DoubleVerify worked with the IAB to create a best practices guide on safety and suitability about a year-and-a-half ago, and runs industry advocacy and training, according to Slivjanovski.
“The idea of building a more equitable and fair ecosystem is something that is really important to the company, and it’s evident both in our hiring practices, our retention practices and our partnering practices,” Slivjanovski said. DoubleVerify did not have data on the diversity of its workforce.
Barton and Thompson advocated for updated keyword blocklists that advertisers and agencies can use for specific subsets of publishers, such as those with multicultural audiences.
“There are certain terms that aren’t negative in this space. It might be negative if it’s on The New York Times, but it’s not negative when it’s on Black Enterprise,” Barton said. “Keywords [need] to be more relevant to the current time.”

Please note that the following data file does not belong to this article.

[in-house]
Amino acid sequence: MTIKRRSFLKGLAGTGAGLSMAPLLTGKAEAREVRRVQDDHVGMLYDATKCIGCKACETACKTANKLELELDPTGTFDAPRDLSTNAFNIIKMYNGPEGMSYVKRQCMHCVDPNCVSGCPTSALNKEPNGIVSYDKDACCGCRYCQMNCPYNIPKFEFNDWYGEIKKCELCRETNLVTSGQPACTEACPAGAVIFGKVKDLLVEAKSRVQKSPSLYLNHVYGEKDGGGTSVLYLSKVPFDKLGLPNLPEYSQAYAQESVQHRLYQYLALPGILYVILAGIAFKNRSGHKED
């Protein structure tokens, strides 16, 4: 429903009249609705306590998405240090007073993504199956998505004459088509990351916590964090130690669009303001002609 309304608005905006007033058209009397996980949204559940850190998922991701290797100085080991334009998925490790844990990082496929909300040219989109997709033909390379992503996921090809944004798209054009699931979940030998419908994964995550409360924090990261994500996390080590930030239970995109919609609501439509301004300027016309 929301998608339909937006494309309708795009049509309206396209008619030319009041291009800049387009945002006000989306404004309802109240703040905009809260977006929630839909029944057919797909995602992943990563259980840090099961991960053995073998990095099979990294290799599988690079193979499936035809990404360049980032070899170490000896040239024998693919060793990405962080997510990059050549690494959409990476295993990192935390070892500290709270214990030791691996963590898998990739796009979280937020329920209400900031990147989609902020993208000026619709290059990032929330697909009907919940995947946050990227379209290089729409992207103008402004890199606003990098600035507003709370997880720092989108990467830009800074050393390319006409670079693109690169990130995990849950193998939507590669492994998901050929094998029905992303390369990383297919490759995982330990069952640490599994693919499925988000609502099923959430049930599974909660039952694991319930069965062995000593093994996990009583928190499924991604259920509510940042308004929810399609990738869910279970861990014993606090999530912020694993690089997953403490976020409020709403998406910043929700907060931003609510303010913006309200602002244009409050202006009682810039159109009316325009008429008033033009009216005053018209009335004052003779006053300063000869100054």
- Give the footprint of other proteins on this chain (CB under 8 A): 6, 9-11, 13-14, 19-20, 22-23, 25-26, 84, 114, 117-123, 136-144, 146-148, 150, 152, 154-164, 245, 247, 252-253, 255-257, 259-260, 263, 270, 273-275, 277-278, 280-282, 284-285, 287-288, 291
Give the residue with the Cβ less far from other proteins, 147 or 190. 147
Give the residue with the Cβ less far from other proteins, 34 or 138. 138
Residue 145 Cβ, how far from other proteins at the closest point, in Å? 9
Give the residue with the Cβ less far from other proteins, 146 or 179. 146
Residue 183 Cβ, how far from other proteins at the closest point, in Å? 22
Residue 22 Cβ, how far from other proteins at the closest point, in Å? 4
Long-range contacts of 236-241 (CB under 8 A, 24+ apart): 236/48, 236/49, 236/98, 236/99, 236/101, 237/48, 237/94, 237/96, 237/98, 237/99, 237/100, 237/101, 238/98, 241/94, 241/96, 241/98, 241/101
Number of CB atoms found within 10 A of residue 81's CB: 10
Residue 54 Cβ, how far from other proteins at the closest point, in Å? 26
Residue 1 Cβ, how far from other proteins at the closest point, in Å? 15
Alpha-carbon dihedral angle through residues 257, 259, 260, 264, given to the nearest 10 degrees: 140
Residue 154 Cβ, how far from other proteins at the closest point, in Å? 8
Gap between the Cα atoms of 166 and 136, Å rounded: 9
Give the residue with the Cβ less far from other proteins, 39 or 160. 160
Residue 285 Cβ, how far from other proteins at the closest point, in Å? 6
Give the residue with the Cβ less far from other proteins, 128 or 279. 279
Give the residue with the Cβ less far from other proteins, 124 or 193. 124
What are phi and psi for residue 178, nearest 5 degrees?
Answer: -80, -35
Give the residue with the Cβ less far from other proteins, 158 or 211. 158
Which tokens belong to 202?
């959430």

Stevenson said a big help would be a tool that could categorize publisher’s own pages to then bring to clients and compare with their brand safety reports.
Brand Advance is working on a similar tool right now, called Cultural Intelligence, according to Christopher Kenna, CEO of Brand Advance, a media network connecting brands with multicultural publishers. Agencies can upload their keyword blocklists and get a report that flags words to review when targeting multicultural audiences. The tool has been running internally for about six weeks with Brand Advance clients and will go live for external clients in a few weeks, he said.
“Change doesn’t happen overnight. Change does happen when the first step is taken,” Johnson said. “The keyword blocklist is just one step in many steps needed for true equality and sustainability for diversity in media.”